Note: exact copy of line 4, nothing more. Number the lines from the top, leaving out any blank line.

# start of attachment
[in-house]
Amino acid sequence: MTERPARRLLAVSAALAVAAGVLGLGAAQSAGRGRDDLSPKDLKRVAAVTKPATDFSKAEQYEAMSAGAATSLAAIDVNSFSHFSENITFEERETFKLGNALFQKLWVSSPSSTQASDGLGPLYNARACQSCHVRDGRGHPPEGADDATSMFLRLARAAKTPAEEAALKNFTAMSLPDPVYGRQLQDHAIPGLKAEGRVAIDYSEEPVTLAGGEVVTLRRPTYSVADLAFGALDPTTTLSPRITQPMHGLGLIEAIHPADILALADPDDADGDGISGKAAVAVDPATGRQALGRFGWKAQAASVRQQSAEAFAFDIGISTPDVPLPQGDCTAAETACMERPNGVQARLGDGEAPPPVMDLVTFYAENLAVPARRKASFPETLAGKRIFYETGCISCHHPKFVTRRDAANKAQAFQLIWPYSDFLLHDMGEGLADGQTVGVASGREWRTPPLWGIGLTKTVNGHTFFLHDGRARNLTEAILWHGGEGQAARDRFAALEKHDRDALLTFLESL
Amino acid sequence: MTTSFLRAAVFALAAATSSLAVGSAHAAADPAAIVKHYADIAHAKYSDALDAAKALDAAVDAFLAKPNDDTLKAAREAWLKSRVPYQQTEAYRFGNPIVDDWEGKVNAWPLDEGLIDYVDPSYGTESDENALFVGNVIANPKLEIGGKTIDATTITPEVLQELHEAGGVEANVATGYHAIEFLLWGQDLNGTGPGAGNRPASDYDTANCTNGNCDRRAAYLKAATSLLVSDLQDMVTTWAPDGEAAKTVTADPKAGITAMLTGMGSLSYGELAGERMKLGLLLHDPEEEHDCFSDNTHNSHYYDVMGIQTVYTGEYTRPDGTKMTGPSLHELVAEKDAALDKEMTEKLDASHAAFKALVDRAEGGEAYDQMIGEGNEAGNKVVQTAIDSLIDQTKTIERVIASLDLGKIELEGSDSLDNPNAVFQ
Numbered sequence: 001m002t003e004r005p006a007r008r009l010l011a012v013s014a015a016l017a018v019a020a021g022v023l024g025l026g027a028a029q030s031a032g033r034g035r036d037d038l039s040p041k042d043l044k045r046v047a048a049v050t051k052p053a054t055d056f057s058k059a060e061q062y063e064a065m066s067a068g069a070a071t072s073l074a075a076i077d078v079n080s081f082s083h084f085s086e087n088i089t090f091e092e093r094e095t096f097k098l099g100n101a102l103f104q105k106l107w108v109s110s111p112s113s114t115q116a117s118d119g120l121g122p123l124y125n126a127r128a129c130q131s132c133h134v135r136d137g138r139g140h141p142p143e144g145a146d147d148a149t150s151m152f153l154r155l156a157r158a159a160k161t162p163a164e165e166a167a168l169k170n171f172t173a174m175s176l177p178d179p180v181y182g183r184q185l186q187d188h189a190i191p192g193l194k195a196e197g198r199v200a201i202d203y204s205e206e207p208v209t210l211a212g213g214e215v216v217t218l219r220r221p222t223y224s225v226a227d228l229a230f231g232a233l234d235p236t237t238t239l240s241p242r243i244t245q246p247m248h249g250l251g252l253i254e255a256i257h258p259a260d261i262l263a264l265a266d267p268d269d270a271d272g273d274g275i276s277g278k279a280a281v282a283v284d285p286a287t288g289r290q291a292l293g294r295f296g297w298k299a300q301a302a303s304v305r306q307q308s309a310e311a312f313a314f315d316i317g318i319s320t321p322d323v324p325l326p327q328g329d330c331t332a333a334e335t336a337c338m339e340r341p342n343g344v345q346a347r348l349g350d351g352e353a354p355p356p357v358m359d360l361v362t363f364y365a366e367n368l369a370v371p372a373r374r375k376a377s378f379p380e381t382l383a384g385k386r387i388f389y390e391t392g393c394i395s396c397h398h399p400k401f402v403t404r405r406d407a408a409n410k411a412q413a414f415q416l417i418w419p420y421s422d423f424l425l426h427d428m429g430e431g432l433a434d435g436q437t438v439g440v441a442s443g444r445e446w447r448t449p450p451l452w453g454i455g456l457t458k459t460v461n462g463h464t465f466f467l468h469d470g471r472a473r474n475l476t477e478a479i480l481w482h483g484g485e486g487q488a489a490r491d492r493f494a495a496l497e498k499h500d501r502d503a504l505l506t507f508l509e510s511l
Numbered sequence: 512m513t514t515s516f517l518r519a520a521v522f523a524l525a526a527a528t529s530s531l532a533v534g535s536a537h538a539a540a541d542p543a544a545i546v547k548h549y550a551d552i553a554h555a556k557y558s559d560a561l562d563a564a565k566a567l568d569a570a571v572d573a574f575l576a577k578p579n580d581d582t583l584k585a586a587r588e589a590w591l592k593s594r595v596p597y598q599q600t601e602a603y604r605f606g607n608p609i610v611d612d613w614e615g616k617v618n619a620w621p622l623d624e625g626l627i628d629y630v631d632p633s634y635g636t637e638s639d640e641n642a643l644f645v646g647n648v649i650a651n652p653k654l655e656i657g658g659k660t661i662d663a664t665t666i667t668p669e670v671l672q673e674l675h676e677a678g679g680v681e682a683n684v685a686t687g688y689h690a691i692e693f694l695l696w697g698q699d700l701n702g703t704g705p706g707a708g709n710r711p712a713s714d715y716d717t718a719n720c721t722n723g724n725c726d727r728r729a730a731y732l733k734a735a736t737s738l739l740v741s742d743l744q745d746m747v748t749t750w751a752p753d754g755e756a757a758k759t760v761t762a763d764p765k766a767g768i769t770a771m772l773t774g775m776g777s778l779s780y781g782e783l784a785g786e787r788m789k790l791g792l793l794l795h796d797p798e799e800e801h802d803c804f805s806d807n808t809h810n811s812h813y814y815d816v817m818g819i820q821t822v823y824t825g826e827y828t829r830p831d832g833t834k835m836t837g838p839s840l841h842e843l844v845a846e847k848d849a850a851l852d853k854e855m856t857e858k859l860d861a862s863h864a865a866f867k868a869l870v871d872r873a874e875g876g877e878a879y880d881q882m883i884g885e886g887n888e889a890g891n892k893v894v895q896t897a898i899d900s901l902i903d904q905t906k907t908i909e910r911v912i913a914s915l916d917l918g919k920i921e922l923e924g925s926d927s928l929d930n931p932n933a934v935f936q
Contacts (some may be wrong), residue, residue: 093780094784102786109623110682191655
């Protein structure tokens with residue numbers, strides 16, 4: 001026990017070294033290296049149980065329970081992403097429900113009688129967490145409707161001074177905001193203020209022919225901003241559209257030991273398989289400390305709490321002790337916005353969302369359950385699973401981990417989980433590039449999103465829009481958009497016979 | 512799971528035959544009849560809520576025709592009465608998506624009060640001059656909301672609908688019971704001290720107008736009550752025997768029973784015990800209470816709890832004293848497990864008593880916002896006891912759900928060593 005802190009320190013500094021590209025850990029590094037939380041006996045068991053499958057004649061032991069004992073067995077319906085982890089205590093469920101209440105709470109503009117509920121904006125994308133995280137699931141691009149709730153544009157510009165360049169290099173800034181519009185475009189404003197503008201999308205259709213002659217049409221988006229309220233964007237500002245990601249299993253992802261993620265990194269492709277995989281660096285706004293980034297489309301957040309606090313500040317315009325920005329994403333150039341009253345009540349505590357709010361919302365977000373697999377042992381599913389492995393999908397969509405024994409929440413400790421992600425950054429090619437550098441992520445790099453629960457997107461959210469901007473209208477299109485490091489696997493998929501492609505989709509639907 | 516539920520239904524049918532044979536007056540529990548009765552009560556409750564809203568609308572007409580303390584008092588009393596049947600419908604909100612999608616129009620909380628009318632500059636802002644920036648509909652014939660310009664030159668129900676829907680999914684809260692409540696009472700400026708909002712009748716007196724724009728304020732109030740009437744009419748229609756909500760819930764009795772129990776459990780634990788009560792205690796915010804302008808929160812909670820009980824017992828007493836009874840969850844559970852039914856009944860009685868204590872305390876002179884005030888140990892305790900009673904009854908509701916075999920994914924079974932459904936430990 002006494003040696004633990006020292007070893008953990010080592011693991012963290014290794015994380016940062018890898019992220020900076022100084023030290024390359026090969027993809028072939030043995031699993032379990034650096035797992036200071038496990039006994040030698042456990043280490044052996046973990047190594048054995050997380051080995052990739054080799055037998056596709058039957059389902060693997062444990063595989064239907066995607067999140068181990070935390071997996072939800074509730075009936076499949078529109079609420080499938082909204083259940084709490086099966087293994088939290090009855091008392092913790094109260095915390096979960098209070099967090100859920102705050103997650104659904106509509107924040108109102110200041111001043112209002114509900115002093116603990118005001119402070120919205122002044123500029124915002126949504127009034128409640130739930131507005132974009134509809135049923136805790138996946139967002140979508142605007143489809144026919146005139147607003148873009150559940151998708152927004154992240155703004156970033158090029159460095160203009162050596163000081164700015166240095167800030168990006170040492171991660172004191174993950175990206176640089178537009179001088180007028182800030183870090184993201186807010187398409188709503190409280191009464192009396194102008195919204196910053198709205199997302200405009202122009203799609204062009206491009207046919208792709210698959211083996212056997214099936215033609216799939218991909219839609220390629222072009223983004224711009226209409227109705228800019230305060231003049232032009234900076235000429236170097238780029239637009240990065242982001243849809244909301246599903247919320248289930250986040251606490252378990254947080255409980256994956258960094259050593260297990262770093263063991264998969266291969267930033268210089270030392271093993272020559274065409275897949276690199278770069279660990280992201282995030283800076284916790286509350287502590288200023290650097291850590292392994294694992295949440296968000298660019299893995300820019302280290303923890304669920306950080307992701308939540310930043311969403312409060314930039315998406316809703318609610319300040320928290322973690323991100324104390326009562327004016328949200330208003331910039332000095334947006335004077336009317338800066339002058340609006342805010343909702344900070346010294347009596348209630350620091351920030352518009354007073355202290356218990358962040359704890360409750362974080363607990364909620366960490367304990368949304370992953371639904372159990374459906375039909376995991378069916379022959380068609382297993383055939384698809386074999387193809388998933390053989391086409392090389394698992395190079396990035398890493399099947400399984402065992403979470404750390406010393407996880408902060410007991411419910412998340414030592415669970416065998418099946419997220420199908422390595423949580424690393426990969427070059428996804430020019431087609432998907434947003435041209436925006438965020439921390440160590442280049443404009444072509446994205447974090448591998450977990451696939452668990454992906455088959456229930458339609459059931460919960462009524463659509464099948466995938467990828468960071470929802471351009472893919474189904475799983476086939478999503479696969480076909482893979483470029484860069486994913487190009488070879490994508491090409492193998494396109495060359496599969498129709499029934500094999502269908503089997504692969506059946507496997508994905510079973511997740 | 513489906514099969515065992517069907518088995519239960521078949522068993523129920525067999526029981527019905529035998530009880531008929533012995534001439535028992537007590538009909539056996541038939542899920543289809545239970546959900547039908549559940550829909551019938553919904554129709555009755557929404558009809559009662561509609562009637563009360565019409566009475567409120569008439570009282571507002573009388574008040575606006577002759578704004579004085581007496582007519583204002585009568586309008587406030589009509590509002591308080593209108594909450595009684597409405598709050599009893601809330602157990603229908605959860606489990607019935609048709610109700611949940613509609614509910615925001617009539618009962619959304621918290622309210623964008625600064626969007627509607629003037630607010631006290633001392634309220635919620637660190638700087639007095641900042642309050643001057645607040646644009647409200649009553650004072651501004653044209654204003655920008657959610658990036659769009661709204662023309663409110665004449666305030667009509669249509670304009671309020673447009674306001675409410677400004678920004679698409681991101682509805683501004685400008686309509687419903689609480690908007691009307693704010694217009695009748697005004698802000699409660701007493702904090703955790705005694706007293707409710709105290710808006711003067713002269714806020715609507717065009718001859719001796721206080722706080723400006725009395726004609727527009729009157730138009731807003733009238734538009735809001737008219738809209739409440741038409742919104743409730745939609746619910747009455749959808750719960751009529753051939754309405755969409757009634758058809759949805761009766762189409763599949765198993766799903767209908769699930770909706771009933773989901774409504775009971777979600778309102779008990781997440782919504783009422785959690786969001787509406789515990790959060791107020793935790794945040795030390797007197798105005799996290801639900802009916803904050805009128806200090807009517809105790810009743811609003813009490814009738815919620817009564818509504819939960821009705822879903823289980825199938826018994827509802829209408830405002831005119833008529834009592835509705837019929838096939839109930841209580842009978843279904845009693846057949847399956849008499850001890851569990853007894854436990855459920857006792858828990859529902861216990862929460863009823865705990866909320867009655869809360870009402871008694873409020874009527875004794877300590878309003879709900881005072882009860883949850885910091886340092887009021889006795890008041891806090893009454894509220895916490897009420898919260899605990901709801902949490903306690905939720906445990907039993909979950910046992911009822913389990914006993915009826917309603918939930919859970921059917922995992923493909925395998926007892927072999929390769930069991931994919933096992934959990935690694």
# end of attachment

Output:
Numbered sequence: 001m002t003e004r005p006a007r008r009l010l011a012v013s014a015a016l017a018v019a020a021g022v023l024g025l026g027a028a029q030s031a032g033r034g035r036d037d038l039s040p041k042d043l044k045r046v047a048a049v050t051k052p053a054t055d056f057s058k059a060e061q062y063e064a065m066s067a068g069a070a071t072s073l074a075a076i077d078v079n080s081f082s083h084f085s086e087n088i089t090f091e092e093r094e095t096f097k098l099g100n101a102l103f104q105k106l107w108v109s110s111p112s113s114t115q116a117s118d119g120l121g122p123l124y125n126a127r128a129c130q131s132c133h134v135r136d137g138r139g140h141p142p143e144g145a146d147d148a149t150s151m152f153l154r155l156a157r158a159a160k161t162p163a164e165e166a167a168l169k170n171f172t173a174m175s176l177p178d179p180v181y182g183r184q185l186q187d188h189a190i191p192g193l194k195a196e197g198r199v200a201i202d203y204s205e206e207p208v209t210l211a212g213g214e215v216v217t218l219r220r221p222t223y224s225v226a227d228l229a230f231g232a233l234d235p236t237t238t239l240s241p242r243i244t245q246p247m248h249g250l251g252l253i254e255a256i257h258p259a260d261i262l263a264l265a266d267p268d269d270a271d272g273d274g275i276s277g278k279a280a281v282a283v284d285p286a287t288g289r290q291a292l293g294r295f296g297w298k299a300q301a302a303s304v305r306q307q308s309a310e311a312f313a314f315d316i317g318i319s320t321p322d323v324p325l326p327q328g329d330c331t332a333a334e335t336a337c338m339e340r341p342n343g344v345q346a347r348l349g350d351g352e353a354p355p356p357v358m359d360l361v362t363f364y365a366e367n368l369a370v371p372a373r374r375k376a377s378f379p380e381t382l383a384g385k386r387i388f389y390e391t392g393c394i395s396c397h398h399p400k401f402v403t404r405r406d407a408a409n410k411a412q413a414f415q416l417i418w419p420y421s422d423f424l425l426h427d428m429g430e431g432l433a434d435g436q437t438v439g440v441a442s443g444r445e446w447r448t449p450p451l452w453g454i455g456l457t458k459t460v461n462g463h464t465f466f467l468h469d470g471r472a473r474n475l476t477e478a479i480l481w482h483g484g485e486g487q488a489a490r491d492r493f494a495a496l497e498k499h500d501r502d503a504l505l506t507f508l509e510s511l